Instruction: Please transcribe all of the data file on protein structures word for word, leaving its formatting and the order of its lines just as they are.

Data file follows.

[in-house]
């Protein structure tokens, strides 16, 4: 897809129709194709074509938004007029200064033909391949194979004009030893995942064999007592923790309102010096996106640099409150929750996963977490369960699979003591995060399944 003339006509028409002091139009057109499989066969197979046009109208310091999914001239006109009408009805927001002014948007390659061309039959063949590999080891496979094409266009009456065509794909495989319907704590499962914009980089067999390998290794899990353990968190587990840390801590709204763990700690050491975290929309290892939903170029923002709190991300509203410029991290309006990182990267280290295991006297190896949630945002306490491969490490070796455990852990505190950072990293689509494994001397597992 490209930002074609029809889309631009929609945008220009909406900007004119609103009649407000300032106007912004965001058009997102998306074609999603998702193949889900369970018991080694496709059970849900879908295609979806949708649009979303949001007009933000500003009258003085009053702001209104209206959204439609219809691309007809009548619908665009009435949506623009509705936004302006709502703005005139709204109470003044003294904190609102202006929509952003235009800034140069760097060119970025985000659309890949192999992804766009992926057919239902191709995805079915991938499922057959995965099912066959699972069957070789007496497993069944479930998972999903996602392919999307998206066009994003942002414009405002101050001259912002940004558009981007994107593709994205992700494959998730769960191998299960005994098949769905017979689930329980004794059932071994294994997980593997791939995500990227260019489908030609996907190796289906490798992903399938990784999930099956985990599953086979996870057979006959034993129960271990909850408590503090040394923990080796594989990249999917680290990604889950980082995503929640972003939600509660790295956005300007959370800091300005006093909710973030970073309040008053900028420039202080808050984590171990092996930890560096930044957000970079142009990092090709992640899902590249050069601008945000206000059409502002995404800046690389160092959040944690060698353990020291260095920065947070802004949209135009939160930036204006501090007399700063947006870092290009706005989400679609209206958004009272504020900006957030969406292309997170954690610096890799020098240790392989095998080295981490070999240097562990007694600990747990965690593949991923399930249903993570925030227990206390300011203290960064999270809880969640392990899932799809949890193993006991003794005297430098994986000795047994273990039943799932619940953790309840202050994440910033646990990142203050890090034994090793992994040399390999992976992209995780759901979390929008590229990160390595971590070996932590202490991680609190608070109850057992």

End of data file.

[in-house]
């Protein structure tokens, strides 16, 4: 897809129709194709074509938004007029200064033909391949194979004009030893995942064999007592923790309102010096996106640099409150929750996963977490369960699979003591995060399944 003339006509028409002091139009057109499989066969197979046009109208310091999914001239006109009408009805927001002014948007390659061309039959063949590999080891496979094409266009009456065509794909495989319907704590499962914009980089067999390998290794899990353990968190587990840390801590709204763990700690050491975290929309290892939903170029923002709190991300509203410029991290309006990182990267280290295991006297190896949630945002306490491969490490070796455990852990505190950072990293689509494994001397597992 490209930002074609029809889309631009929609945008220009909406900007004119609103009649407000300032106007912004965001058009997102998306074609999603998702193949889900369970018991080694496709059970849900879908295609979806949708649009979303949001007009933000500003009258003085009053702001209104209206959204439609219809691309007809009548619908665009009435949506623009509705936004302006709502703005005139709204109470003044003294904190609102202006929509952003235009800034140069760097060119970025985000659309890949192999992804766009992926057919239902191709995805079915991938499922057959995965099912066959699972069957070789007496497993069944479930998972999903996602392919999307998206066009994003942002414009405002101050001259912002940004558009981007994107593709994205992700494959998730769960191998299960005994098949769905017979689930329980004794059932071994294994997980593997791939995500990227260019489908030609996907190796289906490798992903399938990784999930099956985990599953086979996870057979006959034993129960271990909850408590503090040394923990080796594989990249999917680290990604889950980082995503929640972003939600509660790295956005300007959370800091300005006093909710973030970073309040008053900028420039202080808050984590171990092996930890560096930044957000970079142009990092090709992640899902590249050069601008945000206000059409502002995404800046690389160092959040944690060698353990020291260095920065947070802004949209135009939160930036204006501090007399700063947006870092290009706005989400679609209206958004009272504020900006957030969406292309997170954690610096890799020098240790392989095998080295981490070999240097562990007694600990747990965690593949991923399930249903993570925030227990206390300011203290960064999270809880969640392990899932799809949890193993006991003794005297430098994986000795047994273990039943799932619940953790309840202050994440910033646990990142203050890090034994090793992994040399390999992976992209995780759901979390929008590229990160390595971590070996932590202490991680609190608070109850057992």